Mortgages Are The Biggest Ripoff On Earth

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  1. You go to the bank

Here’s how modern mortgages actually work

Back in the day, the middle class worked good-paying union jobs, borrowed a reasonable amount of money (typically less than 3X annual single-earner income) from local bankers who risked their own real capital.

Not anymore. Now:

But somehow you finally amass enough for the tiniest of down payments on a house that costs 10–30X your household’s annual income. More than likely, it’s because Grandma just died and left you an inheritance.

Or your parents and in-laws both chipped in.

And you’re planning to houseshare with a renter.

And probably start a meth lab in the basement.

You go to the bank

An overpaid banker tells you what they think you can afford.

And by “afford” I mean, what’s the most amount of debt they believe you can safely pay back to them with interest.

The banker hands you the mortgage document. It will commit you to pay them a wildly overinflated sum for a pile of rapidly degrading bricks and sticks, and legally bind you to pay them back with interest over the next 25–40 years. You won’t get to decide the future interest rates, but if you can’t afford just 3–6 consecutive payments in your decades-long repayment window — because interest rates rise or your job gets automated or there’s a recession and house prices crash — the banker gets to take away your house, ruin your credit, keep a huge chunk of your equity if not the down payment, and make you start all over again as a renter.

You take the plunge and sign the papers.

You hand over your ridiculously hard-earned, after-tax, real-money down payment.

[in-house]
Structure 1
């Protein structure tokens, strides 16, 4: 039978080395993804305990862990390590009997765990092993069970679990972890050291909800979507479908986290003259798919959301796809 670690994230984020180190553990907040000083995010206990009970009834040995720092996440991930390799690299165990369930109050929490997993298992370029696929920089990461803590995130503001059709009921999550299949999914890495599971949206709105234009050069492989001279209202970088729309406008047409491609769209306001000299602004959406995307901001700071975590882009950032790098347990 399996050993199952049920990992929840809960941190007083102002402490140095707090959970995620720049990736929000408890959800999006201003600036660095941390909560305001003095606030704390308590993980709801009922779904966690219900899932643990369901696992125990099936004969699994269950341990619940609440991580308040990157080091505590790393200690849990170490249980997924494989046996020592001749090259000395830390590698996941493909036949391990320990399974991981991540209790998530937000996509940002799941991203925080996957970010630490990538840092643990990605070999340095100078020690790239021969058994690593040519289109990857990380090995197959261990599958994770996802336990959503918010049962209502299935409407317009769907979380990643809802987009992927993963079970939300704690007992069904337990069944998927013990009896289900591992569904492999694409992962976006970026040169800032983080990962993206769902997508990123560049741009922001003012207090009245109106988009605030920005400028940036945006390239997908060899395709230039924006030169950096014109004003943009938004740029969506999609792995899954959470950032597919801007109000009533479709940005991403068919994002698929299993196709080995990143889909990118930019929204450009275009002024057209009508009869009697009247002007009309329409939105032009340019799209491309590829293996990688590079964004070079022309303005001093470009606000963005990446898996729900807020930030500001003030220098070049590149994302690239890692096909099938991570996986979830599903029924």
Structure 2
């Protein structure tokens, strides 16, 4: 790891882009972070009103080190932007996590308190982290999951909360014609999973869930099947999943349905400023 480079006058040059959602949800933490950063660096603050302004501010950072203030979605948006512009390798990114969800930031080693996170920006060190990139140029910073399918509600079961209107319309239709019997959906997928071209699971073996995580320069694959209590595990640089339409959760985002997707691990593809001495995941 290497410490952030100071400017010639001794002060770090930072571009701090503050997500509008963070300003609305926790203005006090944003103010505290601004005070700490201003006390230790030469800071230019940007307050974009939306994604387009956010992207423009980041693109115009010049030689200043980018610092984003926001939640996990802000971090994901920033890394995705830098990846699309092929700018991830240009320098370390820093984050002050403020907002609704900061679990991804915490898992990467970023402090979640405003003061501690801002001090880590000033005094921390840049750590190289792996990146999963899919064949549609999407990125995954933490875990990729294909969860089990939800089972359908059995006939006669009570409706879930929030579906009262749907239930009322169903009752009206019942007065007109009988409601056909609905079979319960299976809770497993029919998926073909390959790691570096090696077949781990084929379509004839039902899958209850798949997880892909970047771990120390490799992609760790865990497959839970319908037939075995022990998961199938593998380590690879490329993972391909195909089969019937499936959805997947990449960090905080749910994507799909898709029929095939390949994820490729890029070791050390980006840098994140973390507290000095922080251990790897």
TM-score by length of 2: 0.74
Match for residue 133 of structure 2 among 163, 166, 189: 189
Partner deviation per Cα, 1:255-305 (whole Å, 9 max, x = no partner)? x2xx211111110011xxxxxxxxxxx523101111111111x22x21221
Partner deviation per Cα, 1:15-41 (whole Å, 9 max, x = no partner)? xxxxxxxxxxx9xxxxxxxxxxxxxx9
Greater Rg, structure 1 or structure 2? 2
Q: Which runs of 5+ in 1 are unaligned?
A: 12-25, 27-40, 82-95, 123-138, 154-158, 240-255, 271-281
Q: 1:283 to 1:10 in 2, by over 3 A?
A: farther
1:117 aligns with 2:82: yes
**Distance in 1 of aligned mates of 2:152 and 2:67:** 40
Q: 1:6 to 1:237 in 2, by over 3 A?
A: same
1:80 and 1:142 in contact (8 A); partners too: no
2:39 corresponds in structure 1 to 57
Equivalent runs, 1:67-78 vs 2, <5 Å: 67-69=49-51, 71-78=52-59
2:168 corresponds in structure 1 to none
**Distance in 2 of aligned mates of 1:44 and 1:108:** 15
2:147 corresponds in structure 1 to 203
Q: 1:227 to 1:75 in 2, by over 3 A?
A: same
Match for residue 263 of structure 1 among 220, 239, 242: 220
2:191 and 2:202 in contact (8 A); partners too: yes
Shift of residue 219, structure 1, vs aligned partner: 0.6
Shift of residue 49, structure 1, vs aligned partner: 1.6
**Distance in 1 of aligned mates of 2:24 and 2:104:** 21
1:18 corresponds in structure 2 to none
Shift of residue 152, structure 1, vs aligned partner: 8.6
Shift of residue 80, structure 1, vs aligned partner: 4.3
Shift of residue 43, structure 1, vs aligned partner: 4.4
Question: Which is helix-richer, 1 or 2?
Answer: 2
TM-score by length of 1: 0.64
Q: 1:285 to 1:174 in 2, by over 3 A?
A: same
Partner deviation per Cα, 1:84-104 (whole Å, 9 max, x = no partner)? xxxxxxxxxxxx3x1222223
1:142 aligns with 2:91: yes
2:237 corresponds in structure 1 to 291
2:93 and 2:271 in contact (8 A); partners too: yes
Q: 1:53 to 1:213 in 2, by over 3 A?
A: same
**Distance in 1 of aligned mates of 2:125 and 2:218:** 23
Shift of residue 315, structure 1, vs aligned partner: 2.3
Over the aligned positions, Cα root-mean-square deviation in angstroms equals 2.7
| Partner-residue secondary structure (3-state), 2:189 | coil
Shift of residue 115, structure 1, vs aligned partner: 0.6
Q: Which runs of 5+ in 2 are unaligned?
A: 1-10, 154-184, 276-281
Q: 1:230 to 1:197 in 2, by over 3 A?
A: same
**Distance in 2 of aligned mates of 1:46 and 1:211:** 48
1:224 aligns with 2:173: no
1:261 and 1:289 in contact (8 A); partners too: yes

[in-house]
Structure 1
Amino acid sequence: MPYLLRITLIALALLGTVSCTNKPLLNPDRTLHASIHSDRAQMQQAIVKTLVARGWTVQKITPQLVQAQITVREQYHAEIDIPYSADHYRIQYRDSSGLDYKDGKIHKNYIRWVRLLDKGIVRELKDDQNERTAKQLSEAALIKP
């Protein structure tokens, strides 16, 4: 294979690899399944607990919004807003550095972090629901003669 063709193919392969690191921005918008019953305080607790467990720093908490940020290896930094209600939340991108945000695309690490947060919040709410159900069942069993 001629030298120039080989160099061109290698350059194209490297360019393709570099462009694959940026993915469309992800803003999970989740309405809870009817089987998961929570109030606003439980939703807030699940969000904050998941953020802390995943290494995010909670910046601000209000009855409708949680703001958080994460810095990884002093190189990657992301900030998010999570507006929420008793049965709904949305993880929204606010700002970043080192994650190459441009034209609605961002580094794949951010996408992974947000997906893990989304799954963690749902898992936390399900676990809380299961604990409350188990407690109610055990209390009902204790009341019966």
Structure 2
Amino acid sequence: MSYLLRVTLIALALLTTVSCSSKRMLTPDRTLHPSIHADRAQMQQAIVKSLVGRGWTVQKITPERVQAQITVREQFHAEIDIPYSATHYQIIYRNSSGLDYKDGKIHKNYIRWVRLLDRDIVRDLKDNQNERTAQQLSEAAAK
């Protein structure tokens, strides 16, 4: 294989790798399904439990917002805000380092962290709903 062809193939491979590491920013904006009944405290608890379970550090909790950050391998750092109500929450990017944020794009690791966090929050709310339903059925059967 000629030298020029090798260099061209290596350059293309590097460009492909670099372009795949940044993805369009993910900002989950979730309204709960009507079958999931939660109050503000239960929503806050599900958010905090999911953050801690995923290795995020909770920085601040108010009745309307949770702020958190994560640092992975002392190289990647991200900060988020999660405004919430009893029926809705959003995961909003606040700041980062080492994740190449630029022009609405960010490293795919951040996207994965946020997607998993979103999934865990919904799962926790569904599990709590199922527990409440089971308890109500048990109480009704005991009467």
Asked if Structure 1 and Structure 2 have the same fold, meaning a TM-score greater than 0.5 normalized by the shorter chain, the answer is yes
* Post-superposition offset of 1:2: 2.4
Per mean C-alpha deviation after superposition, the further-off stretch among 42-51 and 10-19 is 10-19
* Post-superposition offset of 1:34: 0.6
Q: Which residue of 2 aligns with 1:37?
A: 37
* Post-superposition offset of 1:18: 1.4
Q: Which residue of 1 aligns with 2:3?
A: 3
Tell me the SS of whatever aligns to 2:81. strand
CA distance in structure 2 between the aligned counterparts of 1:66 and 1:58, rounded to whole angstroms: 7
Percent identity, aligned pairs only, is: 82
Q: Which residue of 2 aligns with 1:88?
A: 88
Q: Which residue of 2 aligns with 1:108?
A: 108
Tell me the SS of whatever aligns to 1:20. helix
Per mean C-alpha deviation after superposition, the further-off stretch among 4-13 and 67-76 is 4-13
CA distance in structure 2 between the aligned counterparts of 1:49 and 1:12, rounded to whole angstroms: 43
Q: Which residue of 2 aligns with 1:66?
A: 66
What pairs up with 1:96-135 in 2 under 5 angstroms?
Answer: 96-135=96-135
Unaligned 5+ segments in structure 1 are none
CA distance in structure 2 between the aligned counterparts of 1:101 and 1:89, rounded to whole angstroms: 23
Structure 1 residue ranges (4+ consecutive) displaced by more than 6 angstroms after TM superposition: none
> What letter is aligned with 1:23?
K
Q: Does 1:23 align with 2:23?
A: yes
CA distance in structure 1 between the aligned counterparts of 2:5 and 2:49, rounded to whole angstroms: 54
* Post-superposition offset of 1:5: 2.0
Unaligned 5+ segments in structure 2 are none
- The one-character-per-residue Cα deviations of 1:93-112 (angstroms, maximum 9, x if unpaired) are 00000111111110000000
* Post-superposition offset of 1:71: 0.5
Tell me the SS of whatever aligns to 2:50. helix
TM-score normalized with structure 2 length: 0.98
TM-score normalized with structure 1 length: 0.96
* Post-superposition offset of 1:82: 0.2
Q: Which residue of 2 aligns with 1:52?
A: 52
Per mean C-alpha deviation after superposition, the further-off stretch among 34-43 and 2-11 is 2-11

The banker swivels in their chair, types some numbers on a computer screen, and POOF, they create credit — fake money — out of thin air.

Welcome to the insane fractional-reserve banking system.

(If someone deposits $10 in a bank, the bank can loan out $9, then book that loan as an asset, which allows them to loan out eight more dollars, book that loan as an asset, loan out $7, $6, $5, $4, $3, $2, $1, $0.10, $0.01, etc. So long as they abide by some incredibly weak reserve limits which they’re always trying to repeal, they essentially get to play Midas with your financial future. It’s called the money-multiplier effect, and it’s the reason you and 100+ million Americans can’t afford to buy a house. The end result? Almost all new money is created as debt.)

That can’t be right, can it?

Surely bankers shouldn’t be able to type numbers into a screen and print money out of thin air. Wouldn’t that wildly inflate house prices and put the squeeze on billions of people who have to work hard to pay back fake loans (plus interest) with the real value of their real labor? Wouldn’t printing money make currency worth less every year until $100 trillion doesn’t buy a loaf of bread?

Of course, once you’ve purchased a house, you don’t really care, so long as house prices continue to rise indefinitely. But is that really a good thing? And doesn’t that just make the real estate market a giant Ponzi scheme, always relying on the next generation to shoulder more mortgage debt than the previous?

I’m sure you see the problem with this cycle

On my first day of real estate college, our professor made a joke: “Mortgage comes from two Latin root words: Mort meaning death, and gage meaning grip.”

Now I understand what he meant.

Mortgage debt → repaid with real money + interest → requires more debt and more printed money → so debt and prices metastasize higher and higher while purchasing power continually weakens and sinks.

Because bankers don’t care about extra zeroes.

They get paid in real money when times are good, and when times are bad, they get their (s)elected politicians to bail them out with your tax money.

To add insult to injury for renters and society, the interest on mortgages is usually tax-free, meaning working taxpayers are actually helping to subsidize the wealthiest people on earth.

That’s how the modern death-grip actually works.

To be clear, I’m not saying no one should get a mortgage. I’m just saying that modern mortgages are the biggest ripoff in the world — and that banks shouldn’t be able to profit wildly from debt-trapping humanity.

And I’m not saying that your mortgage is a ripoff, either — heck, when interest rates are less than inflation, the economy is literally giving you money. But where is it coming from? From the pockets of the poorest of the poor, by eroding their purchasing power. And yours. In the end, the entire mortgage industry greatly impoverishes all of us. It’s the biggest ripoff for society.